I’m thinking about this. Can you give me an example of the kind of church you mean where sexual irresponsibility for young (or old) men is not discouraged? I’m not saying that no such thing exists. I would agree that some do. But I want to make sure we’re talking about the same thing.

    Euonia,
    Hang in there. I would love to have a rousing discussion on Kant’s categorical imperative but it may have to wait a while. Or, I would be happy to be shown how that issue is as relevant to my immediate concern as the other comments.

    Thanks again to everyone.

    Terry

  9. No, I’m not. I’ve never heard a single peep from any church about the heinous things that Christian parents have done (sometimes in the name of Christianity (and this blog had an example of that recently)). Where are the press releases about that? Where are the “pro-family” set when stuff like this happens?

    Secondly, no. I’ve never heard a Christian correct another Christian when it comes to homosexuality. What happens is someone will write an opinion piece decrying this or that, but there’s never direct engagement. I’ve watched friends remain silent about homosexuals and asked them about why the didn’t stand up for me. They never have a good answer. When the cost of doing so may be ostracization from a church and possibly even family and friends, is it any wonder why lies are allowed to perpetuate? Where are the people calling liars like Rick Warren out on national television?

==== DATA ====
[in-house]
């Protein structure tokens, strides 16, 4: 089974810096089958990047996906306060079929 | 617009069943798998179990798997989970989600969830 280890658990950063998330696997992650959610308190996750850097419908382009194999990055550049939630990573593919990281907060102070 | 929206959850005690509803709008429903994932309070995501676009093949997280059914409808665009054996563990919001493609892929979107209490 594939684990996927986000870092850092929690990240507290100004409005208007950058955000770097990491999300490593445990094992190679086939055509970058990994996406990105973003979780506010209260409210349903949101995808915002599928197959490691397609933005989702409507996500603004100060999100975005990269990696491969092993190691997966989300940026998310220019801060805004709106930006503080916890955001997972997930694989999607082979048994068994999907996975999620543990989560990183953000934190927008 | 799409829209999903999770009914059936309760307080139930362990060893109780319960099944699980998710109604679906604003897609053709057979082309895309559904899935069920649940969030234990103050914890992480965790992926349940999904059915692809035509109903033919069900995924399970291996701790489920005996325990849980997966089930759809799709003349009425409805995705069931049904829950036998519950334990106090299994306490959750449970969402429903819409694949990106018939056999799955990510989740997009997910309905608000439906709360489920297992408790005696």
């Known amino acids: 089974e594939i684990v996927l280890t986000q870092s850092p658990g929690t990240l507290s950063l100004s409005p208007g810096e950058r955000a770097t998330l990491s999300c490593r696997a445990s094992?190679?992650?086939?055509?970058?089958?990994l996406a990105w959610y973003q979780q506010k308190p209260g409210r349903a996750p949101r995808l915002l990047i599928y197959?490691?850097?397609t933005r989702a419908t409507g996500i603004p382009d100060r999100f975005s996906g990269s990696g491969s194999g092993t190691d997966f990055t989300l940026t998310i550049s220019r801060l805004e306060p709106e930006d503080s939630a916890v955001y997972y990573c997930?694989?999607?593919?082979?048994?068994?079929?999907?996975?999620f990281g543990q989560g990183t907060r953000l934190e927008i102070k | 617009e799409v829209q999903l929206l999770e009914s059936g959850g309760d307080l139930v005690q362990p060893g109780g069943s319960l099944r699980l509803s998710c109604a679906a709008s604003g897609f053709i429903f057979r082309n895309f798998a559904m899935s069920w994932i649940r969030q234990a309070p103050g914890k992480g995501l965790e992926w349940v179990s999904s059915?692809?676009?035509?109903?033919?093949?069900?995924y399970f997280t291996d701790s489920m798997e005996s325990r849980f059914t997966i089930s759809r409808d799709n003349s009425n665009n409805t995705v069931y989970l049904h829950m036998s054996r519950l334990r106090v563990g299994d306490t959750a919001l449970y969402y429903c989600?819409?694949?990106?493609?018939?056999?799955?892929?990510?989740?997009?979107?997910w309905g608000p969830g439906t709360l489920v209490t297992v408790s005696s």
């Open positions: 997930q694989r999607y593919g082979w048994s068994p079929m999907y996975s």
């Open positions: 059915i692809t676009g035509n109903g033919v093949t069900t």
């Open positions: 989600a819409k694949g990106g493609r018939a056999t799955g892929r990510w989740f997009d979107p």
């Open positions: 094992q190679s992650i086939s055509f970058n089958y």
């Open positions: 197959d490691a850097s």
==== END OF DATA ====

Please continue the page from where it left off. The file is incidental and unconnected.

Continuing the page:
Last, I’ve got my own issues with gay Christians, but that’s another bit of information.

  10. I’m going to disagree with my husband’s (Bachalon) post and just say that I don’t see Christians as the enemy. Rather, I see them as self-serving hypocrites. Both my husband and I admit that his views are a bit extreme and that he can be very hostile towards religion, but he doesn’t have the experience of once having been religious, as I have. One of the major reasons I am now an atheist is because I could not continue to justify the self-hatred I had as a Christian.